If you are new to this blog, you are invited to read first “The Largest Heist in History” which was accepted as evidence and published by the British Parliament, House of Commons, Treasury Committee.

"It is typically characterised by strong, compelling, logic. I loosely use the term 'pyramid selling' to describe the activities of the City but you explain in crystal clear terms why this is so." commented Dr Vincent Cable MP to the author.

This blog demonstrates that:

- the financial system was turned into a pyramid scheme in a technical, legal sense (not just proverbial);

- the current crisis was easily predictable (without any benefit of hindsight) by any competent financier, i.e. with rudimentary knowledge of mathematics, hence avoidable.

It is up to readers to draw their own conclusions. Whether this crisis is a result of a conspiracy to defraud taxpayers, or a massive negligence, or it is just a misfortune, or maybe a Swedish count, Axel Oxenstierna, was right when he said to his son in the 17th century: "Do you not know, my son, with how little wisdom the world is governed?".

Saturday, 16 October 2010

Liquidity v money supply/demand

On 7 October 2010 The Economist published an article "The costs of repair". Its author wrote:

"So far the current recovery is following this post-crisis script. Output is sluggish and credit is growing weakly or shrinking across much of the rich world. But is this because over-leveraged households and firms have become less willing to borrow or because banks have become less willing to lend? In other words, is the credit problem one of demand or supply?"

Then the author concluded: "Both supply and demand probably play a role."

The question is wrong and the answer is wrong too. The problem is neither of supply nor demand but of liquidity: i.e. too high money multiplier makes it too risky to lend and to borrow. Banks do not have money to lend without fear of losing liquidity and money is too hard to come by to repay loans which is putting off prospective borrowers. In terms of statistical analysis (correlation) such situation will show up on both: supply and demand as causes, as both are causally subsequent to an underlying (and overriding) cause which is too high money multiplier (i.e. liquidity shortage). Here you can read more on liquidity shortage caused by high money multiplier.

Hopefully such money multiplier based analysis of the current financial crisis finds its way into the mainstream.

Incidentally it appears that the mainstream economists put too much weight, without understanding, on statistics and real analysis (in mathematics) and too little (practically nothing) on other branches of maths such as topology (that allow to determine relationships between phenomena which are the subject of an analysis). And The Economist and the mainstream media and the politicians are just confused. Little wonder, over 2 years after the Lehman Bros collapse the financial world remains in a mess and the taxpayers keep paying for it: after stimuli, spending cuts. What's next since the end is not in sight?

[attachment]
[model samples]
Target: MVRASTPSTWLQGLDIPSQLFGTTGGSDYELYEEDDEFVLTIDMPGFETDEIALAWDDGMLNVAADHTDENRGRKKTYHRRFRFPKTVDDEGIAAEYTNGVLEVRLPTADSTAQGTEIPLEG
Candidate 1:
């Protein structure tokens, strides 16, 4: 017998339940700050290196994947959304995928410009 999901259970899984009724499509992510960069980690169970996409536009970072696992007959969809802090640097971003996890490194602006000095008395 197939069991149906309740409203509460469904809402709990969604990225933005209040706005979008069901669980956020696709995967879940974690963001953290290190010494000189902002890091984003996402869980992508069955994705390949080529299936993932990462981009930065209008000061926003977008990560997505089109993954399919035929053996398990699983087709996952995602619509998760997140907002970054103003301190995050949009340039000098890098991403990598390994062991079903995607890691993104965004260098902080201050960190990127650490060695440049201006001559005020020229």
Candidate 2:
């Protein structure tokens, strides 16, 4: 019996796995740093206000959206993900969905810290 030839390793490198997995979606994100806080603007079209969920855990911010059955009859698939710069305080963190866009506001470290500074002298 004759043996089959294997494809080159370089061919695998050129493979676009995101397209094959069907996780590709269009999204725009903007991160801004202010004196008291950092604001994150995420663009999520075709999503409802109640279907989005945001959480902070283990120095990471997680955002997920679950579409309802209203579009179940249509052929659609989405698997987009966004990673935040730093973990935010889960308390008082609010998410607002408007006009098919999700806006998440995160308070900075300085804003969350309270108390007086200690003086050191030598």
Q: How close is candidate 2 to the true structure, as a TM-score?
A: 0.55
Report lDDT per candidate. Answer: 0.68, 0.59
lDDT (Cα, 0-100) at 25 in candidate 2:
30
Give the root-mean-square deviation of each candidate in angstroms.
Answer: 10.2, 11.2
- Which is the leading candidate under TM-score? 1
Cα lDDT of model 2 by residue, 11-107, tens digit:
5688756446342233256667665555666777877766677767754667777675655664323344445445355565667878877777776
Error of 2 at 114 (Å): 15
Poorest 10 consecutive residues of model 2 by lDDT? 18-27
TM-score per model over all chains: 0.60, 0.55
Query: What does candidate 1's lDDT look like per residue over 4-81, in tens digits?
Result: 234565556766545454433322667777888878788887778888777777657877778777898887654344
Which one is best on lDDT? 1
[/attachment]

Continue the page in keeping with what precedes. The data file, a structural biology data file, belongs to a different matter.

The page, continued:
PS. Interestingly, it was The Economist that wrote the post script to this article. On 22 October 2010 they wrote in Benoit Mandelbrot obituary: "That markets are not Gaussian has now been accepted. Dr Mandelbrot’s interpretation, however, has not. Even if it had been, the bankers might not have noticed. They preferred algorithms to geometry." It is a good step forward. However if The Economist understood what they were writing about they would refer to topology rather than geometry.


  1. Hat’s off. Well done, as we know that “hard work always pays off”, after a long struggle with sincere effort it’s done.
    vernon getzler
    High Yield Savings Account

  2. "What's next since the end is not in sight?"

    May I tentatively suggest that a further debauching of currency may be next?

    It's like a student having raided his father's malt whisky decanter and, being frightened of discovery, has made up the level with tapwater. Having got away with that once (or, indeed, several times over the years) he is now going to do it again. The resulting
    diluted drink is not going to fool Papa when he gets home and demands an accounting...